The widow's marrying only a Christian is in harmony with the entire seventh chapter as context. She has the power to choose her mate, whereas the virgin may not have that power, the decision being made by parent or guardian (verses 36-38). If she marries a Christian she can more acceptably give her attention to the things of the Lord than if marrying an unbeliever (verses 32-35). She would thus not have the problem of the unbeliever being uncontent to dwell with her and of her being bound to dwell with a man who is contrary to all her efforts at righteousness (verses 10-16). She would thus be living with one who by mutual consent can maintain periods of absolute privacy and devotion to the Lord (verse 5). How a man can teach the seventh chapter of I Corinthians and not come to the conclusion that the widow should choose a Christian as her mate, is beyond this writer's comprehension, even if the direct statement had not been made.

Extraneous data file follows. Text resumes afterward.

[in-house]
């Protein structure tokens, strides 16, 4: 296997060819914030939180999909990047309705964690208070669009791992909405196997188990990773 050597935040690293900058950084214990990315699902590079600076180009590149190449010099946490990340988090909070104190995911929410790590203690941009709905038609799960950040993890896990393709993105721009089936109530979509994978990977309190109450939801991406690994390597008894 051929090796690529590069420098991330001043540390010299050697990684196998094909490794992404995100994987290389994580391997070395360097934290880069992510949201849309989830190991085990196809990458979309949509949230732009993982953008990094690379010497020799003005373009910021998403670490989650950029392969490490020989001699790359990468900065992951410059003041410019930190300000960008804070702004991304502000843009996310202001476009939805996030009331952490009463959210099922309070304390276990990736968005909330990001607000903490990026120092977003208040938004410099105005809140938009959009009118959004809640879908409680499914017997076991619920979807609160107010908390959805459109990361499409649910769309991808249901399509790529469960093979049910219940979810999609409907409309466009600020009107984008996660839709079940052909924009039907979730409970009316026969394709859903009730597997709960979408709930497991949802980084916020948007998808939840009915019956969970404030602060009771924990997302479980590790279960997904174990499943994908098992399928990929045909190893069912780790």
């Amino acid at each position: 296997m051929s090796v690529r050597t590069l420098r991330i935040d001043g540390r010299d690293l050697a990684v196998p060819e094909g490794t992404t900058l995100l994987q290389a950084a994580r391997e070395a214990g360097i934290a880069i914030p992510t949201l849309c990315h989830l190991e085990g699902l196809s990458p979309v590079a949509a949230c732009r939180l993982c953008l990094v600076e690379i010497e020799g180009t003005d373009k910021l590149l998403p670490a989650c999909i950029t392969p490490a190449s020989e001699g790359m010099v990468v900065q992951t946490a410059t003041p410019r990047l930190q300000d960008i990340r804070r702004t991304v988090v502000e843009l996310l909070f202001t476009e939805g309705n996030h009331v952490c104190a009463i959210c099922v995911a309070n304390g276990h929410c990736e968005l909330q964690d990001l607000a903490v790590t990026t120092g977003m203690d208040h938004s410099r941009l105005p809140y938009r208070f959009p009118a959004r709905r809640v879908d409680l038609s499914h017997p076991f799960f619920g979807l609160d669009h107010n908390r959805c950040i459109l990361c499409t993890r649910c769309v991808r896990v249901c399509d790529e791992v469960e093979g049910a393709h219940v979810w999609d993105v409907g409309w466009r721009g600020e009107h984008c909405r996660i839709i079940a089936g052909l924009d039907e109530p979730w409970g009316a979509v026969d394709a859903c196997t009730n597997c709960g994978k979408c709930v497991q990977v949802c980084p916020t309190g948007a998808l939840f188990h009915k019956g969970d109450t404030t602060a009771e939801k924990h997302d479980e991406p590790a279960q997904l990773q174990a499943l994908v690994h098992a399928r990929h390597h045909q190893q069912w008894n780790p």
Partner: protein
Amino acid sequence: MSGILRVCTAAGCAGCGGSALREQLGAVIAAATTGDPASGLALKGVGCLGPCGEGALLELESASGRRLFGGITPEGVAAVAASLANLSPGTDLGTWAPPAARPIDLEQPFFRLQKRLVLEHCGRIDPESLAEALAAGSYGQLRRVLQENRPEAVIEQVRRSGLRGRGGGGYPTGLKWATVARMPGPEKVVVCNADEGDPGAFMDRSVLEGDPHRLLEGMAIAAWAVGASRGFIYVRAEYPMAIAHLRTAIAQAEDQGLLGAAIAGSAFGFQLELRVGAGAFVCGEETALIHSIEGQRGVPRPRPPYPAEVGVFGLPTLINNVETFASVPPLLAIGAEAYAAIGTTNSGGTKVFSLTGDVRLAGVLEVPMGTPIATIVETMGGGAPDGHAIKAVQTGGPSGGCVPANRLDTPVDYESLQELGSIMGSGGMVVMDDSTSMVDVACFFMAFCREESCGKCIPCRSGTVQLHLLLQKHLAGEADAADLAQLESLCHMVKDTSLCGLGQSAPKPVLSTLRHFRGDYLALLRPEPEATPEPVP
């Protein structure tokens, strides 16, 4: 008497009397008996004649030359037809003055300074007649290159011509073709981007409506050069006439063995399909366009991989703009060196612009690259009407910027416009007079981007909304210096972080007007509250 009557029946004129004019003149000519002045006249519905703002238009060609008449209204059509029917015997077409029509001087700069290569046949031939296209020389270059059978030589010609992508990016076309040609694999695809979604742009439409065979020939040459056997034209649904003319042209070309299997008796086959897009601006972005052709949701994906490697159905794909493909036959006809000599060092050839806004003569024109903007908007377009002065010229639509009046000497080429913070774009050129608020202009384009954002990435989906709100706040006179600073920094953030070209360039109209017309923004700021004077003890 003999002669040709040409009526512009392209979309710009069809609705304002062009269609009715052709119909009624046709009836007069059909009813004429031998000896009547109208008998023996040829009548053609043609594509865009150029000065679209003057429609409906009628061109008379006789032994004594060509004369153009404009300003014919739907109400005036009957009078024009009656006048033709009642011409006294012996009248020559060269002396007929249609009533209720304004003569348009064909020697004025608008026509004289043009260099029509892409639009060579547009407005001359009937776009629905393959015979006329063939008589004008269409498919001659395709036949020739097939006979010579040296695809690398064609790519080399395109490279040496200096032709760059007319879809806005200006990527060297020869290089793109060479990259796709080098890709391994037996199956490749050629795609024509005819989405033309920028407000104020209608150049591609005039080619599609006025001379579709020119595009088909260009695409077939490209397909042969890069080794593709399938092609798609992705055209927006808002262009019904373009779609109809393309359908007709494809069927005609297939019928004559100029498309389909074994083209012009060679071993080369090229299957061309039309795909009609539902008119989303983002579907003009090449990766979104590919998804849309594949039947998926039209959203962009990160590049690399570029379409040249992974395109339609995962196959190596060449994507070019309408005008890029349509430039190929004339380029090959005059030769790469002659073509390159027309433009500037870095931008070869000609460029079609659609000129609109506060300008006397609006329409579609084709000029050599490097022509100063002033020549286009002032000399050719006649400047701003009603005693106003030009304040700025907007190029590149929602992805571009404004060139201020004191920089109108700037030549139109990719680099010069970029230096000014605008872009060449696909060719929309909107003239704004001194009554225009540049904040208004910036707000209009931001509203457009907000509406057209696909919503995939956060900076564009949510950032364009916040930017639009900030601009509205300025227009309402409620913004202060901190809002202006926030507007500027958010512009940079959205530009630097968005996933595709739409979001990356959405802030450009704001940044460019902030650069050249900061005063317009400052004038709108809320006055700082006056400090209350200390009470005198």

The same phrase, "in the Lord," is found in verse 22 of the chapter, where there is every indication that it is a modifier of place and not of manner: "For he that was called in the Lord being a bondservant is the Lord's freedman." In the same letter it is so couched in other terms that it cannot mean, according to or of the Lord, but must be a modifier of place: ". . . always abounding in the work of the Lord, forasmuch as ye know that your labor is not vain in the Lord." (I Cor. 15:58). The only reason for interpreting "in the Lord" in I Cor. 7:39 otherwise is to justify the marriage of a widow to someone who is not a Christian.